Gross Profit

If we had to define it in one sentence, gross profit is a company’s profit after subtracting the costs associated with making and selling its products or services. Gross profit may also be called sales profit or gross income. It ultimately assesses how efficient your company is at using labor and supplies to create some product or service.

Let’s start with the basics. Your company, no matter what it sells, brings in revenue (sometimes defined as net sales on financial statements) by selling products or services to customers. Those numbers are calculated by your accountants and appear on the “top line” of your company’s income statement.

The costs associated with making and selling your company’s products or services is also called cost of goods sold. It is critical to understand what expenses are part of the cost of goods sold. Cost of goods sold comprises the direct costs that are attributable to the production of goods or services sold in a company. Further, the cost of goods sold includes direct labor costs that are used to make the good.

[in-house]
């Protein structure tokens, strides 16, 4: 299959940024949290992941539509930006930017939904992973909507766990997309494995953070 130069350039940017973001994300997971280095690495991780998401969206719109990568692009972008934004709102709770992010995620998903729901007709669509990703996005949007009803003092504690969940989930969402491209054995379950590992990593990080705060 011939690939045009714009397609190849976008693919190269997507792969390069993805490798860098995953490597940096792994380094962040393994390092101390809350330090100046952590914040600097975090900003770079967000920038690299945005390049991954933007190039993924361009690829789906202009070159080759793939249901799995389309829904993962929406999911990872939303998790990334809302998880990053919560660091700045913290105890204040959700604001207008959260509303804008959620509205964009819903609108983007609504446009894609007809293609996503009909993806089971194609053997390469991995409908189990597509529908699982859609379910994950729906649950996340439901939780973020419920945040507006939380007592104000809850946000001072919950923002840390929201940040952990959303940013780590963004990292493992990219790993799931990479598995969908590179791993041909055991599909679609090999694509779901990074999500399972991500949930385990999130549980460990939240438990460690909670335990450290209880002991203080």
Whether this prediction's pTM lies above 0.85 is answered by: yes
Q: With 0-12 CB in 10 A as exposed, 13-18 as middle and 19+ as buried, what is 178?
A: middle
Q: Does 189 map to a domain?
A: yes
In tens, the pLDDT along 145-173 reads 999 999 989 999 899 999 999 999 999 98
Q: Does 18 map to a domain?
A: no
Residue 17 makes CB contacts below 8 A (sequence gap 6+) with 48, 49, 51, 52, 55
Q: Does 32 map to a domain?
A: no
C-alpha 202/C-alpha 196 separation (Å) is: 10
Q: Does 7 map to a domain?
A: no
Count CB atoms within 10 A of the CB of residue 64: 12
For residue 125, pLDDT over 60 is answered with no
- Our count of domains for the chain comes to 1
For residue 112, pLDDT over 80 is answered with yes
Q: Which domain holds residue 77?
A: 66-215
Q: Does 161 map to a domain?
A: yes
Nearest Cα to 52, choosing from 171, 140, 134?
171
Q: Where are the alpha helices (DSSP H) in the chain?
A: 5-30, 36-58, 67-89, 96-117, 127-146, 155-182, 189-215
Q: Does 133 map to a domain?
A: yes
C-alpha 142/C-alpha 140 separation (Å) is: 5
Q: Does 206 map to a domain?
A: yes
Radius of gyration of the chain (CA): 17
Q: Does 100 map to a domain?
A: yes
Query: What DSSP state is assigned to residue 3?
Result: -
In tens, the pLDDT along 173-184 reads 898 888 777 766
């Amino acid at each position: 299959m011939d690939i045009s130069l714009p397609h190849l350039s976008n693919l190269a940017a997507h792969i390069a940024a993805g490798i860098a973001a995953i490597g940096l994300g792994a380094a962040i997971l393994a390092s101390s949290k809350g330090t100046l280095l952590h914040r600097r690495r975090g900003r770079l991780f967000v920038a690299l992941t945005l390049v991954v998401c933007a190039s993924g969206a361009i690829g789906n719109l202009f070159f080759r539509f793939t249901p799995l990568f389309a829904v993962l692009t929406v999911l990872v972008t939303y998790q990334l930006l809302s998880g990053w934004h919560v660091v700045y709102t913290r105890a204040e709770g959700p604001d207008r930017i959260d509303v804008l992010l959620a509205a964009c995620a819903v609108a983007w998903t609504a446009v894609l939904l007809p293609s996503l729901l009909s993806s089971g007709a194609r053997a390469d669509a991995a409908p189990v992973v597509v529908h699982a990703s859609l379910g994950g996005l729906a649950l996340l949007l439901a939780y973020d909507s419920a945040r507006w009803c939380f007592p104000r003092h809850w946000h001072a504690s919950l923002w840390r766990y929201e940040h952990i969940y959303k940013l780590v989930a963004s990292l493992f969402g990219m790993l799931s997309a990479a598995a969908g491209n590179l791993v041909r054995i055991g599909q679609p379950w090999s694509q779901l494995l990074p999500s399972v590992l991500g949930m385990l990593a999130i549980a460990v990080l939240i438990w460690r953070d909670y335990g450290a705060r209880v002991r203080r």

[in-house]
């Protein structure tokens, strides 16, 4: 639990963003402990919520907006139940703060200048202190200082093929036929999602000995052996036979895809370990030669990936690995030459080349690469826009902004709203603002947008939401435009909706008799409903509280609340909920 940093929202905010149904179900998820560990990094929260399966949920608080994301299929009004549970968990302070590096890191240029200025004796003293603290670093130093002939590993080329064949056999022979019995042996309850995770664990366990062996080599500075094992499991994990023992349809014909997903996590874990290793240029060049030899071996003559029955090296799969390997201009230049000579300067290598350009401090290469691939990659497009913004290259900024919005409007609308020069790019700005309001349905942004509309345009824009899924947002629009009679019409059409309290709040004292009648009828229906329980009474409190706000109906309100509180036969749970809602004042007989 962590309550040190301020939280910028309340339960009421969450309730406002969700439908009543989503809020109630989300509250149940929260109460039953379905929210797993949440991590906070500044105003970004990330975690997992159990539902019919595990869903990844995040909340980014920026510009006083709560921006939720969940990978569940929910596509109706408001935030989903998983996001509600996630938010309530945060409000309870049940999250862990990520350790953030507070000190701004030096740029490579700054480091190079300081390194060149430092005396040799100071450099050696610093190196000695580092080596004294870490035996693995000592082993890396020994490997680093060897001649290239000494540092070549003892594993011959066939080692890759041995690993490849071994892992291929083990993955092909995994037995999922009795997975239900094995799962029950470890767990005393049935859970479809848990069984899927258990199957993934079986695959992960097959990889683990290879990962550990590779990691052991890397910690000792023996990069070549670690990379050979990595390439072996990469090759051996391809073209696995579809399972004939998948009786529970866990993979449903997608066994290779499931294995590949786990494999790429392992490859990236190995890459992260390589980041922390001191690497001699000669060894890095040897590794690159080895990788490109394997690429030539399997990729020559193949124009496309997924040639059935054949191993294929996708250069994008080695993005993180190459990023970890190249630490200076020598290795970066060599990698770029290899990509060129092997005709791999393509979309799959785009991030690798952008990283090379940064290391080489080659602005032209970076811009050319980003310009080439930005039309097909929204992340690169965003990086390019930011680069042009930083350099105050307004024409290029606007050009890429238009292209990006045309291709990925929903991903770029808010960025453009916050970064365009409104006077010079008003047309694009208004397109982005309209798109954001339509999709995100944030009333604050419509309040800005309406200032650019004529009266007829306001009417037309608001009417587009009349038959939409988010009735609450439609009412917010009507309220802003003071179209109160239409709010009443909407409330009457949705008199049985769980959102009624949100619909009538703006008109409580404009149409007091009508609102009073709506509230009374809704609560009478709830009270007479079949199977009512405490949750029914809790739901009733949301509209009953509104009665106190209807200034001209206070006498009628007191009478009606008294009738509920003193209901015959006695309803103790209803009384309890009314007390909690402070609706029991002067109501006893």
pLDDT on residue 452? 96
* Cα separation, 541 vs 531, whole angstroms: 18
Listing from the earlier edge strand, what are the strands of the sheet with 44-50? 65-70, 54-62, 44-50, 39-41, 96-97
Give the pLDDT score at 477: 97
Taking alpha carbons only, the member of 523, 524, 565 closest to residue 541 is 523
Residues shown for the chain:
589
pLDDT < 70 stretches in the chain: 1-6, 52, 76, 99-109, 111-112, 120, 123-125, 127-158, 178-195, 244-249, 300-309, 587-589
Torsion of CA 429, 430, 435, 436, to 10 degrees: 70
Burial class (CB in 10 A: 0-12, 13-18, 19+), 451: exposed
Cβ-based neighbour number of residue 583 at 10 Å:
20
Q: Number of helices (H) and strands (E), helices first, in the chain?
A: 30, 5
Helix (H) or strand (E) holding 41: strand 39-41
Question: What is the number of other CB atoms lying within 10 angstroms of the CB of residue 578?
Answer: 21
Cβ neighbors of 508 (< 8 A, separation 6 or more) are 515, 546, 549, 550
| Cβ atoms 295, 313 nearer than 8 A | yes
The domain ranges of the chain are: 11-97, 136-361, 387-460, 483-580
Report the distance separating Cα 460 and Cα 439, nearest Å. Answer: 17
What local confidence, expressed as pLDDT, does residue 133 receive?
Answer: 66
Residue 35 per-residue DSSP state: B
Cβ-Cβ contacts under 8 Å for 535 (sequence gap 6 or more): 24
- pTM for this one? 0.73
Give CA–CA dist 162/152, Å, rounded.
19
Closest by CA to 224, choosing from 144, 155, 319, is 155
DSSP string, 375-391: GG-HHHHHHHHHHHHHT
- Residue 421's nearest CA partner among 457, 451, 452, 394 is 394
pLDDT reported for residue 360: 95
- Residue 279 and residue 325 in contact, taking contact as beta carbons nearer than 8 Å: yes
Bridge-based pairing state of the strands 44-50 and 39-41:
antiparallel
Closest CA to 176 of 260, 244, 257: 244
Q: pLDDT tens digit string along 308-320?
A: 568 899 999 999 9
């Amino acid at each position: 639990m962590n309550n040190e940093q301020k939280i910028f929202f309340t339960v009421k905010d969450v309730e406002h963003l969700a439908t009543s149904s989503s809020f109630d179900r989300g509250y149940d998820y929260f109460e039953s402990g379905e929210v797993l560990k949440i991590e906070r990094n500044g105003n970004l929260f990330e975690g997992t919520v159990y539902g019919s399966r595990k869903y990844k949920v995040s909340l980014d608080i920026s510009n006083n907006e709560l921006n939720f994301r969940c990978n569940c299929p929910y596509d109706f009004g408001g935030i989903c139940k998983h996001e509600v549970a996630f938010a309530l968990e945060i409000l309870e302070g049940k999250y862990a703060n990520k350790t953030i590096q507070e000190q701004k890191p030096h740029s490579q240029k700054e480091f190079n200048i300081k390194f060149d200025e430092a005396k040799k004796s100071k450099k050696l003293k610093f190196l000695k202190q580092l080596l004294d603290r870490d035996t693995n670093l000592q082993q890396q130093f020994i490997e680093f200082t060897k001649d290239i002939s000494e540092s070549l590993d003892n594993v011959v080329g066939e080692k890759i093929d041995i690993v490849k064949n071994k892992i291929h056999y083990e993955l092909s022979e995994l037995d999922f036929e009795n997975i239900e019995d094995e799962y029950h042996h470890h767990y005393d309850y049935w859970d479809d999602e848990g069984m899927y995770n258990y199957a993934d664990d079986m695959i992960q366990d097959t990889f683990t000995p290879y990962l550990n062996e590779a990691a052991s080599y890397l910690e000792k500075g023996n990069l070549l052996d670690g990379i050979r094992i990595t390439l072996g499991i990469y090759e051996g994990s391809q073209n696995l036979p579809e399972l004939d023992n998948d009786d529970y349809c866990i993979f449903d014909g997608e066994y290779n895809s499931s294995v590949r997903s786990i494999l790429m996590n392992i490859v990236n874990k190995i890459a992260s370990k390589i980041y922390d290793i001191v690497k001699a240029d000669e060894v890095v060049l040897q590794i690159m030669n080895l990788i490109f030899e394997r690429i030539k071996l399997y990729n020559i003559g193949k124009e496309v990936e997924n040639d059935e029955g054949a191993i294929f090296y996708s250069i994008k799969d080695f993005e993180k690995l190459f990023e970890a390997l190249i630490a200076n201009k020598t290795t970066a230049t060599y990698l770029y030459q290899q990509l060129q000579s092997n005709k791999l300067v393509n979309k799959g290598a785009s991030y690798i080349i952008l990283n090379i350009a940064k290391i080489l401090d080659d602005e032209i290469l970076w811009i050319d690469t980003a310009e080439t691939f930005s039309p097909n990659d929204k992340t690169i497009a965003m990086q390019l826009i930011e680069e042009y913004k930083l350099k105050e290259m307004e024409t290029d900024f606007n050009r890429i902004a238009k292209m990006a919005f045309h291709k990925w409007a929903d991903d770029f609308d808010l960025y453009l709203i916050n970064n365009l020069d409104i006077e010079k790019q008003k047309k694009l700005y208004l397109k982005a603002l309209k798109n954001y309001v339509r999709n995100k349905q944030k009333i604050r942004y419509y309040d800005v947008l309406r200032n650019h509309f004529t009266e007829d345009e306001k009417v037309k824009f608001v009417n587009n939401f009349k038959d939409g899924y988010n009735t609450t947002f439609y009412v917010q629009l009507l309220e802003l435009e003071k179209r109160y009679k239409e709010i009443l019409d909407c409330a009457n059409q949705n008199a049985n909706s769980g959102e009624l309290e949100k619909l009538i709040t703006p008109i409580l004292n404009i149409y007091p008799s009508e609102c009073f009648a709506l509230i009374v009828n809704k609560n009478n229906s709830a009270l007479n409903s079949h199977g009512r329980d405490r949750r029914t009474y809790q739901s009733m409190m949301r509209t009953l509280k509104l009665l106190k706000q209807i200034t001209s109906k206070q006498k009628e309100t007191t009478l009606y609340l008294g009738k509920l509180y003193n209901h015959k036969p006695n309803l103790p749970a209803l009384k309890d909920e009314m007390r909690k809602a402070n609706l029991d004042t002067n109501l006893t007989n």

A simple example is illustrative. Say that your company is a t-shirt manufacturer. Your company’s cost of goods sold includes the cost of the raw inputs (cotton, etc.) to actually make the t-shirt, along with direct labor costs that are used to transform those raw inputs into a t-shirt.

Cost of goods sold does not include indirect expenses like distribution costs or sales force costs. It also does not include fixed costs like rent, advertising, or salaries for employees that are not directly involved in the production of the good or service.